Chicago’s Mutts are a keys/bass/drums trio who have been described as “Tom Waits fronting a garage band” by Time Out Magazine, and “what Queens Of The Stone Age would sound like if they ditched the guitars and started playing some dirty sounding organs” by Loud Loop Press.
But wait just one minute. On their 3rd LP – Object Permanence, out April 2nd, 2013 – the gritty trio sheds all amplification and goes clean. This is quite the risky move for a band that wasn’t easily categorized to begin with. Just when it seems that press and promoters are finally getting comfortable with the band’s sound (recently performing for Consequence of Sound, Daytrotter and booked at top-tier venues regionally alongside Murder by Death, Astronautalis and Maps & Atlases among others), Mutts is switching up their sound. This proves that they belong in an echelon with true artists; they are not a band concerned with categorization or making decisions based on career moves. Mutts was formed as a musical catharsis, and they’ve continued to make music for art’s sake over the past four years. And in typical playful Mutts fashion, their sonic switch-up Object Permanence, is a timeless-sounding response to the increasingly turbulent trend-shifts in music, pop culture and a class-divided society.
The album was recorded and mixed by Manny Sanchez at Chicago’s I.V. Lab Studio. It was released April 2nd, 2013 on 180g Gold-Translucent Vinyl, CD and digital download via Bandcamp, iTunes, Amazon and select indie shops around the Midwest. Mutts celebrated the release with a nearly sold out hometown show at Hideout Inn on April 4th, and appearances supporting their new LP on Daytrotter, WGN national TV, NPR’s Chicago affiliate WBEZ, Audio Tree Live, WXRT, and a two-month release tour stretching from Missouri to New York.
Object Permanence is also the fulfillment of a $10,000 Double-LP Kickstarter campaign, in which they recorded one acoustic and one amplified album.
Less than a year after releasing it’s debut LP, Mutts released their follow-up LP – Separation Anxiety – on August 2, 2012. The album received immediate praise for the beautiful split-color “Mending Wall” vinyl, available along with CD and name-your-price digital download at http://download.muttsmusic.com. Separation Anxiety made the CMJ Top Adds chart at #15 on August 21, and then became the second Mutts release to chart on the CMJ Top 200 in 2012, peaking at #72 over it’s six week run.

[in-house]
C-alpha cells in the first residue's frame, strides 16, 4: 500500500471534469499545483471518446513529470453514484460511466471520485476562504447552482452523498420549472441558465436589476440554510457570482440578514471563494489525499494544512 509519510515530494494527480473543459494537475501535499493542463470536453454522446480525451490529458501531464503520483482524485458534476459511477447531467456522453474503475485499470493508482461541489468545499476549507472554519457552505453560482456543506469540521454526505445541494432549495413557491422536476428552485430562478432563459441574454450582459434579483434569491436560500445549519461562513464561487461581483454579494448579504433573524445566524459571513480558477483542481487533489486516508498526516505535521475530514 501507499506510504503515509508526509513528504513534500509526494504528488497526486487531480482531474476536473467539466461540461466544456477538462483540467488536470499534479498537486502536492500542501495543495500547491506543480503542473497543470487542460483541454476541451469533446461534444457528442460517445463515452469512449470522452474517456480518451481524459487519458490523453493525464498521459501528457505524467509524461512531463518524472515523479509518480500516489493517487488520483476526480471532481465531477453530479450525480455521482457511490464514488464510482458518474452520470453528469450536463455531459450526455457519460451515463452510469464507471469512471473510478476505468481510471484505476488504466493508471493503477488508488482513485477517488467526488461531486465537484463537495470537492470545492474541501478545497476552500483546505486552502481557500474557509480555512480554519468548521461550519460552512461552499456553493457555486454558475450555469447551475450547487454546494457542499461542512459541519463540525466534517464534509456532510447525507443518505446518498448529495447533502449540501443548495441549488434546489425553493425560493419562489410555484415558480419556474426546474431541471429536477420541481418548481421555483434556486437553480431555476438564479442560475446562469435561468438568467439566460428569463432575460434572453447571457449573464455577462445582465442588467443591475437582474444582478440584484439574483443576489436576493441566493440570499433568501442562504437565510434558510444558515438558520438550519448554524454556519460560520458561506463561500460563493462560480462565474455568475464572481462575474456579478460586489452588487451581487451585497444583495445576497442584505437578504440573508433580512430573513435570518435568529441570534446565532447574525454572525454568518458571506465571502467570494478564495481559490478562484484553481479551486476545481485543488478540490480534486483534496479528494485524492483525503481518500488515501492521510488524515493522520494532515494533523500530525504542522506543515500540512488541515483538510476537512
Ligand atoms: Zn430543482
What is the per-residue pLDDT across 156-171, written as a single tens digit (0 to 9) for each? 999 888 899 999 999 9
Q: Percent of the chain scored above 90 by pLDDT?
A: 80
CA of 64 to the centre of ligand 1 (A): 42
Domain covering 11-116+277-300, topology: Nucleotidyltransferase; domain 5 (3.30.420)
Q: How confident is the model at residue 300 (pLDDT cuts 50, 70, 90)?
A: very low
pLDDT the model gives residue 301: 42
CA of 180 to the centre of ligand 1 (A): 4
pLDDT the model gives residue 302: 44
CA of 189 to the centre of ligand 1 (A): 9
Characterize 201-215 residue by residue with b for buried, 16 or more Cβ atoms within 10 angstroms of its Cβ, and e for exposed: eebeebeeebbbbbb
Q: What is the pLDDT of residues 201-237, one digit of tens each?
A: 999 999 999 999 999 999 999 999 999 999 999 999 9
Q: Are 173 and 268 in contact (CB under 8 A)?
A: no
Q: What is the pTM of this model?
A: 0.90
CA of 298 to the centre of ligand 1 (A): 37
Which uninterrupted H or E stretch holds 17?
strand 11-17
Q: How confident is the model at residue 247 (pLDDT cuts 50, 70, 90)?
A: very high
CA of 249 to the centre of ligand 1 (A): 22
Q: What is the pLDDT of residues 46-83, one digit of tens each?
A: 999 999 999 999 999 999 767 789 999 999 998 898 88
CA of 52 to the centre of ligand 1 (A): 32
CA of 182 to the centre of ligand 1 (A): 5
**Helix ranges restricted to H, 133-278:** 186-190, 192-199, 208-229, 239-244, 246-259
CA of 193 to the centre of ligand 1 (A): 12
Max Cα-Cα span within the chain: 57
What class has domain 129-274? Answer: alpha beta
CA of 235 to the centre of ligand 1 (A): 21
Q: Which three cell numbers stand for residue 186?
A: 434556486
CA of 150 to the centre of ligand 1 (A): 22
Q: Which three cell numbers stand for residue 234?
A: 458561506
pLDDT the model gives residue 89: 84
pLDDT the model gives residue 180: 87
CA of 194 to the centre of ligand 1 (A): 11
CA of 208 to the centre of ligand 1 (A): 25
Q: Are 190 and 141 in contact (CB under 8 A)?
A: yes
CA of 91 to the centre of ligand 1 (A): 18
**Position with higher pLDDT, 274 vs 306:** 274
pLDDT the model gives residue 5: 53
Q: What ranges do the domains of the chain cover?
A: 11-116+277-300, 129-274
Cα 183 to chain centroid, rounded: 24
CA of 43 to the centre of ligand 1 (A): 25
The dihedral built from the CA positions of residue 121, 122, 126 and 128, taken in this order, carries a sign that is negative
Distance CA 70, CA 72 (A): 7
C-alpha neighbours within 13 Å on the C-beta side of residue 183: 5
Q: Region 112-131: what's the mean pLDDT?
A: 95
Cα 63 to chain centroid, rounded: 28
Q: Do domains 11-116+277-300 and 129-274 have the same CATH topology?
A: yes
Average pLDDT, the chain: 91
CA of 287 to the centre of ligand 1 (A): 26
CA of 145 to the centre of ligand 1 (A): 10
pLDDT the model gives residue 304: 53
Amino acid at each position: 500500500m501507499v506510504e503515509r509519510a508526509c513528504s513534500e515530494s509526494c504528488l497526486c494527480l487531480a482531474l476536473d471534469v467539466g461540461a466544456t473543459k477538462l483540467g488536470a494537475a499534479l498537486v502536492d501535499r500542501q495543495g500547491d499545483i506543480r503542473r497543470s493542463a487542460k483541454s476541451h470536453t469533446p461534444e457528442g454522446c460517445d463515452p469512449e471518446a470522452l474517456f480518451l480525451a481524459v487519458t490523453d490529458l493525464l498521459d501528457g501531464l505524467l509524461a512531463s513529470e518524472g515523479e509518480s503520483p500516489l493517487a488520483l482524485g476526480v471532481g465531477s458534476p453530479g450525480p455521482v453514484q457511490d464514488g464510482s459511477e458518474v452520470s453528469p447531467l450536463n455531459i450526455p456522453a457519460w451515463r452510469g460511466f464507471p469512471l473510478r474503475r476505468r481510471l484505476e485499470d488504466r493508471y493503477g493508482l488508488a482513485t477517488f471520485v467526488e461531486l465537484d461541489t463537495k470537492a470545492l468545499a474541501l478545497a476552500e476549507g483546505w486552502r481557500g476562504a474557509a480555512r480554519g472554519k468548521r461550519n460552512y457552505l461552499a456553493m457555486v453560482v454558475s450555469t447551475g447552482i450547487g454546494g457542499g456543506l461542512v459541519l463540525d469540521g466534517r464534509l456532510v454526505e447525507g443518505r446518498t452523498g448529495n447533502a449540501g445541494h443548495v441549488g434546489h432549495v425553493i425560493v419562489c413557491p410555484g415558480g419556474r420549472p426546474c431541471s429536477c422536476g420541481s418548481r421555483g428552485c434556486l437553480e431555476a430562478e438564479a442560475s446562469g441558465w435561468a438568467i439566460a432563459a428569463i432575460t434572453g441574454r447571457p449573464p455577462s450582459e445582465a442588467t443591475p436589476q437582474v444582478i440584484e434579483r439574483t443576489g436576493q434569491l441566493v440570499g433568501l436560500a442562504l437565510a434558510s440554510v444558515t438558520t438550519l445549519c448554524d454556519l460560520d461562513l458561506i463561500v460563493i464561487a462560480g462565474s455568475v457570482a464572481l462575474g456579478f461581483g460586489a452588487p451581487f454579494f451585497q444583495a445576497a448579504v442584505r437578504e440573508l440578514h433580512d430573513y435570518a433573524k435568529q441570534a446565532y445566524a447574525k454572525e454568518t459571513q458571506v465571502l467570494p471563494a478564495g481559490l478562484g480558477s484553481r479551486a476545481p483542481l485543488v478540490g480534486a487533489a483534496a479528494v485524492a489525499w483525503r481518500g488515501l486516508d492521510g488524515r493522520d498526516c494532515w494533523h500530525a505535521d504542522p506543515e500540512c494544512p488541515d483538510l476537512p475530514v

Separation Anxiety finds the band back with engineer Jon Alvin, who recorded the first three Mutts EPs in 2009-2010. Spending four days at The Chrome Attic in Crystal Lake, IL, the band tracked the 7 songs they had prepared and wrote 3 more on the spot.
The band says that “going into this session we challenged ourselves to try something new on each track.” Recording live with minimal overdubs, Mutts sound like veteran artists with a fresh set of tools. And on their fifth release, Maimone still finds new ground to break lyrically, addressing the anxiety involved in coming out to his parents, exclusion in modern Christianity and politics, and finding new angles for social commentary on class warfare, divisive media, and the age of instant gratification.
Mutts released their debut album, Pray for Rain, on December 13th, 2011. It earned a #8 spot on the CMJ Adds Chart, then charted for six consecutive weeks on the Top 200, peaking at #107 twice. It was named one of the top Chicago albums of 2011 by The Huffington Post and received praise in national magazines Alternative Press, The Big Takeover and The Deli. Mutts were also named Chicago’s Emerging Artist of 2011 by The Deli Magazine.
In their first year together Mutts independently put out 3 EPs: Pretty Pictures, We Float and The Tells of Parallels. Developing a unique, genre-bending sound, Mutts were already “poised to become one of Chicago’s top acts,” according to Loud Loop Press.
Outside of the studio, Mutts quickly fulfilled the buzz garnered by their recordings and Chicago music scene pedigree (as members of: Bailiff, Wax on Radio, Hush Sound, Empires, Suns, 8-Bit Tiger, Big Science, This is Cinema and Company of Thieves). By their second year together, the band was headlining at staple Chicago venues including The Empty Bottle, Double Door and Subterranean. Throughout 2011 they also hit the road often, while still holding down part-time jobs, bringing their unique sound throughout the Midwest and to the East Coast.
In 2012 their prolific studio work and constant “weekend warrior” touring culminated in several festival appearances, including Milwaukee’s Summerfest opening for Young the Giant, Chicago’s Do Division opening for Murder By Death, and opening for Maps and Atlases on the UW Terrace in Madison. An action-packed Summer, in turn, has kept the buzz going from Pray for Rain right into their new release on August 2nd. The first single, “Half Mile,” was featured on the CMJ and Chicago Mixtapes, “God, Country, Grave” was featured on the Lollapalooza episode of Local Anesthetic on Chicago’s WXRT 93.1FM, and the album is scheduled for national radio distribution August 21st.
Mutts decided from the outset to give away their music digitally. As such, the band has kept fresh, honest and spontaneous music flowing to their growing fan base for three years. They have sold out of the first pressing of each EP, but all three are available as free downloads on http://download.MuttsMusic.com. Their LPs – Pray for Rain, Separation Anxiety and Object Permanence – are available on CD, vinyl, and also a name-your-price download at http://download.muttsmusic.com (preferred by the band), as well as iTunes, Amazon, and at most Chicago-area record stores.